Limited Company Formation

If you’re looking to form a Limited Company, let us do the hard work for you. Just fill in your details below.

We can form your limited company in less than 30 minutes

My Accountant Friend can take care of the entire limited company formation process for you. With improved tax efficiency and protection for your own personal finances, it’s a great option for many freelancers and contractors. We are specialists at UK limited company formation.

Unsure if a limited company is the right solution for you? Just speak to one of our expert small business accountants who will be happy to advise. We have more information regarding limited company formations below.

Please note: If you want to set up a company with more than one director/shareholder please contact us prior to completing the form.

Limited company FAQs

A limited company is a legal entity in its own right. It is separate from the people who run it. Therefore, a limited company has separate finances. This means the directors and shareholders will not be personally liable for any financial losses made by the company, providing no fraud has been committed. However, shareholders are responsible for the amount they have invested in the business. That’s why a limited company is also referred to as a limited liability company.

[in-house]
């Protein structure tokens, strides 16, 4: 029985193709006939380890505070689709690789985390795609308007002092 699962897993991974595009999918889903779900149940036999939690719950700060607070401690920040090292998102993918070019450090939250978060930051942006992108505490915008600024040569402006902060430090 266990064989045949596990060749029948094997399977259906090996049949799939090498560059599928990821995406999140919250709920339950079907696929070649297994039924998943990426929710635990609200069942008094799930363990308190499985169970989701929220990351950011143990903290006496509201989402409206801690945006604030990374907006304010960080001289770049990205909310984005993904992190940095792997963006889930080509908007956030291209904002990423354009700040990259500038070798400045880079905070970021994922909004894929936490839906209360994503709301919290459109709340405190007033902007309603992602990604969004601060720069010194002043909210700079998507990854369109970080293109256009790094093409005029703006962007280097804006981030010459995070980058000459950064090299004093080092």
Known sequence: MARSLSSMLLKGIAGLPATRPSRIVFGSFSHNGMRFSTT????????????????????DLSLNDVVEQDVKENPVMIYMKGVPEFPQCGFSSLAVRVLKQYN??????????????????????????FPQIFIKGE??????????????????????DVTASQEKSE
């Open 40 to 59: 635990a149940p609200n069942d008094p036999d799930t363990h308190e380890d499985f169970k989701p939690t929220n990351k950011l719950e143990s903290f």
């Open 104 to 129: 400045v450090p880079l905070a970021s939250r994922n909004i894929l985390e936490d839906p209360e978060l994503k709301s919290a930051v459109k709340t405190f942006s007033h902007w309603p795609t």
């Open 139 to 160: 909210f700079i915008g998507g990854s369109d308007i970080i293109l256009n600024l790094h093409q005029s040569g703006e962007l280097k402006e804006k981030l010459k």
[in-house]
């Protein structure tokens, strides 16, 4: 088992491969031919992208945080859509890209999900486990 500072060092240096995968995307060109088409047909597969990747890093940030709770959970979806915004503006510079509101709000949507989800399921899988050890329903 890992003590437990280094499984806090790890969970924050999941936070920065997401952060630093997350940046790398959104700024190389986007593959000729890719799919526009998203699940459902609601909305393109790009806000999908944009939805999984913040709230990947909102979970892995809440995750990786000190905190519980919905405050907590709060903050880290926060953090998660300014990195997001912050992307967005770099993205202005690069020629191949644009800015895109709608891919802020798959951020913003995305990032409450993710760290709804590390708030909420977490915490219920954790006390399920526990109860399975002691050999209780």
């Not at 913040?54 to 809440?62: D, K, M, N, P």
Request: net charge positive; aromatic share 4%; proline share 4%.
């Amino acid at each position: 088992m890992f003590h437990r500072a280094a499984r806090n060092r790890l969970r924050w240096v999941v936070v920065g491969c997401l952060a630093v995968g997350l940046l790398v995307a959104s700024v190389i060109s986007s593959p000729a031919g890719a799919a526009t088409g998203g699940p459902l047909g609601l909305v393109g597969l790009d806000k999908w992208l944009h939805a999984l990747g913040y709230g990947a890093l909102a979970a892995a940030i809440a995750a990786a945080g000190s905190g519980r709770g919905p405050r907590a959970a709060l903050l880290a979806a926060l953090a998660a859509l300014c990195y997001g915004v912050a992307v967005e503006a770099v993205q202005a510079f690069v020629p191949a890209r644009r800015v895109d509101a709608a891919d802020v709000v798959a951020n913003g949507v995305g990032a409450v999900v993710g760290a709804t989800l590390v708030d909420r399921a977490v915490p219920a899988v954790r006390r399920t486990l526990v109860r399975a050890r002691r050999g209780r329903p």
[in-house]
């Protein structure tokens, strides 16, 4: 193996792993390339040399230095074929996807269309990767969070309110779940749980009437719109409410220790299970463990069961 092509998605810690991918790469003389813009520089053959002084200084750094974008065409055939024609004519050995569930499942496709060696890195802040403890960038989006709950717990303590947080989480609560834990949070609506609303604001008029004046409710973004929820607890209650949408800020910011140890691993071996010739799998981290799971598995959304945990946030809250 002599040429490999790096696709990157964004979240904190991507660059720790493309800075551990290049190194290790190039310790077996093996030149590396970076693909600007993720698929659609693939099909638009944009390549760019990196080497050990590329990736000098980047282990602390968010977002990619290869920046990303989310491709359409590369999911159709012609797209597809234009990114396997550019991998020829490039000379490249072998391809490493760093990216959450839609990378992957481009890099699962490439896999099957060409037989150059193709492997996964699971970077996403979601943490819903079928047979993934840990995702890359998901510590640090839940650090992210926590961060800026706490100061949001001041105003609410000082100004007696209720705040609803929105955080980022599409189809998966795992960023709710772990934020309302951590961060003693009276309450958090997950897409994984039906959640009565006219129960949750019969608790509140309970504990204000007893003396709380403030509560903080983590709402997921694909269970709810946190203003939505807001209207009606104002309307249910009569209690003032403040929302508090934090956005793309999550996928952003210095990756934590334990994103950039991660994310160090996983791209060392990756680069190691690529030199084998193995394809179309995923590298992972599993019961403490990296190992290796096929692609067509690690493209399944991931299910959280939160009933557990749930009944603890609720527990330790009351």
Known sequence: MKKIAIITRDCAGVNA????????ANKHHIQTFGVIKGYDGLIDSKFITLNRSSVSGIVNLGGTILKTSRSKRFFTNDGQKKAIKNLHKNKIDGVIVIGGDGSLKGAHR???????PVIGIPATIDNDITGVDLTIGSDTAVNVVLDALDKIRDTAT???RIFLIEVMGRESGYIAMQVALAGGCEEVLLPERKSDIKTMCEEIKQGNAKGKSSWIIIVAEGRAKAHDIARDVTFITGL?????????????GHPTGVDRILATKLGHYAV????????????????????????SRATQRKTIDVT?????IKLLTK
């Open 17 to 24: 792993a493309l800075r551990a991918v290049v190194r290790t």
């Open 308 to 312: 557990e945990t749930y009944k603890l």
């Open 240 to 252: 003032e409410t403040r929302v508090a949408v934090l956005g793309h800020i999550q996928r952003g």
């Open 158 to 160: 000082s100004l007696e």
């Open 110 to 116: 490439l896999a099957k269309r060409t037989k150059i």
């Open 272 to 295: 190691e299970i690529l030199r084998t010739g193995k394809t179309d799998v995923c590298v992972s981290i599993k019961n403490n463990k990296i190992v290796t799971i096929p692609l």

In the UK, all limited companies are governed by the Companies Act 2006. Limited Liability Partnerships are also governed by the LLP Act 2000. All company registrations and records are managed by Companies House, the official registrar acting on behalf of the UK government.

  • Private company limited by shares (LTD) – This is the most popular option for many freelancers and contractors. The company is divided into shares which are allocated to shareholders. If you are a freelancer, then you have the option of owning the sole 100% share of the company. Shares in private limited companies cannot be sold on the public markets. However, share values will still increase and fall depending on how the company performs. My Accountant Friend is an example of a private company limited by shares.
  • Private company limited by guarantee (LBG) – This is a common choice for non-profit organisations. This company structure does not have any shares or shareholders. Instead, the company is owned by guarantors. The company guarantors usually do not receive profits which are typically re-invested back into the company to help achieve its objectives. WaterAid is an example of a private company limited by guarantee.
  • Limited liability partnership (LLP) – LLPs limit the liability of the partners, unlike traditional partnerships where the responsibility of financial debts lay entirely with each partner. However, a limited liability partnership still shares the same characteristics as traditional partnership structures such as the distribution of profits, internal management processes and tax liability. This is structure is a common choice for law and dental practices and other similar businesses.